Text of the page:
-- Todd A. Clippinger, Montana, http://americancraftsmanworkshop.com

View MsDebbieP's profile

MsDebbieP

18615 posts in 3620 days


#9 posted 01-04-2008 05:56 PM

I’m just picturing myself walking up the path, surrounded by the mundane….... everything the same.. nothing unique.. and then opening the door into another world.. the surprise of seeing the unexpected design style…. pretty exciting!

-- ~ Debbie, Canada (https://www.facebook.com/DebbiePribeleENJOConsultant)

View Tomcat1066's profile

Tomcat1066

942 posts in 3256 days


#10 posted 01-04-2008 06:19 PM

I’m a huge fan of Arts & Crafts style. In truth, it’s the one style of furniture that my wife and I can almost universally agree on…that and asian stuff. I’m looking forward to seeing what you do!

-- "Give me your poor tools, your tired steel, your huddled masses of rust." Yep, I ripped off the Statue of Liberty. That's how I roll!

View tat2grl's profile

tat2grl

61 posts in 3261 days


#11 posted 01-04-2008 07:20 PM

Here is the exterior. YAWN. Nothing remarkable other than it provides shelter for my family.

Photobucket

Here’s is the exciting floor plan…lol

Photobucket

I’ve painted the shutters a more brighter red and come spring I’m removing the front door and painting it to match. Other than trying to overseed the yard, I’m not putting anymore effort to the exterior.

-- "Creativity is...seeing something that doesn't exist already. You need to find out how you can bring it into being and that way be a playmate with God."

View Todd A. Clippinger's profile

Todd A. Clippinger

8901 posts in 3559 days


#12 posted 01-04-2008 07:59 PM

You have a nice house. What walls are you thinking of moving? My guess, this is a guess, is that you have trusses and the center vaulted area has scissor trusses. Trusses are the common means of modern construction for the roof. I recommend that you call a pro here if you don’t have a friend in the trades. You will run into moving electrical if you move a wall.

I can guess based on the photo and rooflines which are bearing walls but it should be looked at by someone on site.

On newer homes I recommend going with a lighter palate on the earth-tone colors and use the poplar stained a warm reddish brown or cherry tone. There is a range that works real well without getting too dark.

Do the trim work but skip any of the paneling going up the wall part way, that can close the house down but the paint colors will not.

Other things that go well are natural products like slate tile and bamboo flooring. You can get both at Lowe’s pretty reasonably priced.

You can get a good, middle of the road quality, set of cabinets from them that will fit your style. I just looked into some at Lowe’s about 8 months ago for a job. You might want to pick your cabinet style so you can base your trim off of that color. It does not have to be the same, but it should be a coordinating and complimentary color.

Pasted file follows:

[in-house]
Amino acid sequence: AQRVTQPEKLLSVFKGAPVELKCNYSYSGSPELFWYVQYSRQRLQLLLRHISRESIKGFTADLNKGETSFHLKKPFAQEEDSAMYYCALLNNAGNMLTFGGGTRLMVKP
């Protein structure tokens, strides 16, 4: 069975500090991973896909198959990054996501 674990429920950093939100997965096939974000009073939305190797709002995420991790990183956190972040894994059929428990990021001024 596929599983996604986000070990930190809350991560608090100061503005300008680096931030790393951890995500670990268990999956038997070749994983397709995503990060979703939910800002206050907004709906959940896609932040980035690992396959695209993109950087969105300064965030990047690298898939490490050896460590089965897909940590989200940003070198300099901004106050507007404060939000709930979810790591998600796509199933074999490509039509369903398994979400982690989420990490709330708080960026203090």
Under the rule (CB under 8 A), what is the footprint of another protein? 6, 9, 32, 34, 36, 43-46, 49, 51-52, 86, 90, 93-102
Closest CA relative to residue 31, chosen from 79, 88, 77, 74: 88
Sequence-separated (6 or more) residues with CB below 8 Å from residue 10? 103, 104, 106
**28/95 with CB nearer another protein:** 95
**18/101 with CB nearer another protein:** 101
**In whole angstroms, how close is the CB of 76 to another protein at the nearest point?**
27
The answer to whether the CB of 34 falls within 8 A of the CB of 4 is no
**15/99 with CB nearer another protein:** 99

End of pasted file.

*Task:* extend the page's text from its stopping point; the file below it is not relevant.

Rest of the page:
Brushed metal fixtures for lights and faucets go well in this style. This is a modern interpretation, not a historic restoration.

Since it sounds like you are going to do this over time, get a long term design and game plan together. Decide how you want the finished project to look. Pick your colors, trim style, flooring, and cabinetry. Don’t forget lighting. Stick to the plan.

-- Todd A. Clippinger, Montana, http://americancraftsmanworkshop.com

View tat2grl's profile

tat2grl

61 posts in 3261 days


#13 posted 01-04-2008 08:10 PM

Not going to bang into the walls all that much. Want to enlarge the utility room, can hardly turn around in there. We want to knock out the coat closet which can only hold a couple of large coats anyway. The trick of this is matching up the orange peel on the drywall. I begged the builders to not spray it on the drywall because I can’t stand the look…makes the walls look like they have acne. But, my pleading fell on deaf ears. I either have to live with it or plaster over it, a task that doesn’t sound all that fun.

-- "Creativity is...seeing something that doesn't exist already. You need to find out how you can bring it into being and that way be a playmate with God."

View MsDebbieP's profile

MsDebbieP

18615 posts in 3620 days


#14 posted 01-04-2008 09:40 PM

my first thought at your “nothing special” was that the shutters were special! And then you said that you painted them. :) I like!!

As to the floor plan… why do we put the entrance and garage at one end of a house and then the kitchen in the opposite corner?? Haven’t architects ever had to carry groceries in before????
I’m sure there are reasons for the layout .. but there has to be a way .. ..

-- ~ Debbie, Canada (https://www.facebook.com/DebbiePribeleENJOConsultant)

View Todd A. Clippinger's profile

Todd A. Clippinger

8901 posts in 3559 days


#15 posted 01-04-2008 09:58 PM

Another floor that goes well with this style is Brazilian Cherry – Nice!

As I understand it: You want to delete the closet altogether that encroaches into the utility room. That would include getting rid of the door on the hall side and doing a texture match.

I don’t see that as a problem. Are there any outlets on the utility room side of those two walls? If there are no outlets it does not mean that they did not use it as a run for wiring but it makes it more unlikely. My guess is there may be a light switch and light to deal with in the closet?

The texture is not that hard to match, orange peel is one of the easiest to blend. I do it all the time. It does take a certain skill and you might be better to hire somebody for that. I don’t care for orange peel texture myself. It is usually put on too heavy.

Do you have any friends in the trades? If not you might see about using someone as a consultant to help guide you through this. Nobody will keep coming out for free but someone may be able to assist or guide and it would not cost as much. The professionals know when they are being pumped for information, I can tell when it is happening to me. It would be better if you let someone know up-front what your intentions are. Time, skill, and knowledge are money to professionals.

You can read a book and we can tell you how, but it doesn’t mean that you will be able to pull it all off. Sheetrock, tape, and mud are some of the cheapest things to purchase and the most difficult to make look good.

-- Todd A. Clippinger, Montana, http://americancraftsmanworkshop.com